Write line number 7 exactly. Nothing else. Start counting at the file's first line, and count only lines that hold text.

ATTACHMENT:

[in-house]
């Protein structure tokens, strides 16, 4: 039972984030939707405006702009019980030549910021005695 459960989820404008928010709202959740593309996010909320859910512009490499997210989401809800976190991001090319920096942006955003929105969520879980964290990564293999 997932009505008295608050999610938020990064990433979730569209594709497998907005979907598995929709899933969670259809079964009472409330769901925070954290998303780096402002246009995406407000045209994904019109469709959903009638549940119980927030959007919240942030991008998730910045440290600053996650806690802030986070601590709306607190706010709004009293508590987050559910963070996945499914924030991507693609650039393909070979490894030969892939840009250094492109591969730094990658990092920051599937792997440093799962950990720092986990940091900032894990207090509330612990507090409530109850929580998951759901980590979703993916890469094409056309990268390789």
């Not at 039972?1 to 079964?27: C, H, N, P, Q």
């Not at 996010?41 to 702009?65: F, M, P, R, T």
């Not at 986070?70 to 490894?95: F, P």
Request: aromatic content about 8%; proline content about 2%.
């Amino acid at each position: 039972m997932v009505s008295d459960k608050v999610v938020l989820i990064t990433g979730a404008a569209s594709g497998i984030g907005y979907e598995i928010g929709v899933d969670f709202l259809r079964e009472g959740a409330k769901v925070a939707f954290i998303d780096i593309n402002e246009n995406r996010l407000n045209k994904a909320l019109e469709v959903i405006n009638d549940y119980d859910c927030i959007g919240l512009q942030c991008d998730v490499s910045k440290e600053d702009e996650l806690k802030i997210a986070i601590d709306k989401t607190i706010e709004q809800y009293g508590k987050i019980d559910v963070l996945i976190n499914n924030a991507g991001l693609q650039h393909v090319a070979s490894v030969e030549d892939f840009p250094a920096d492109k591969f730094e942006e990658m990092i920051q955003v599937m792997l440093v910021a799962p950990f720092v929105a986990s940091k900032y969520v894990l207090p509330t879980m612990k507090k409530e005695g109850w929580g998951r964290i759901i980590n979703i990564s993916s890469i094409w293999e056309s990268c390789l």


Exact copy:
């Amino acid at each position: 039972m997932v009505s008295d459960k608050v999610v938020l989820i990064t990433g979730a404008a569209s594709g497998i984030g907005y979907e598995i928010g929709v899933d969670f709202l259809r079964e009472g959740a409330k769901v925070a939707f954290i998303d780096i593309n402002e246009n995406r996010l407000n045209k994904a909320l019109e469709v959903i405006n009638d549940y119980d859910c927030i959007g919240l512009q942030c991008d998730v490499s910045k440290e600053d702009e996650l806690k802030i997210a986070i601590d709306k989401t607190i706010e709004q809800y009293g508590k987050i019980d559910v963070l996945i976190n499914n924030a991507g991001l693609q650039h393909v090319a070979s490894v030969e030549d892939f840009p250094a920096d492109k591969f730094e942006e990658m990092i920051q955003v599937m792997l440093v910021a799962p950990f720092v929105a986990s940091k900032y969520v894990l207090p509330t879980m612990k507090k409530e005695g109850w929580g998951r964290i759901i980590n979703i990564s993916s890469i094409w293999e056309s990268c390789l």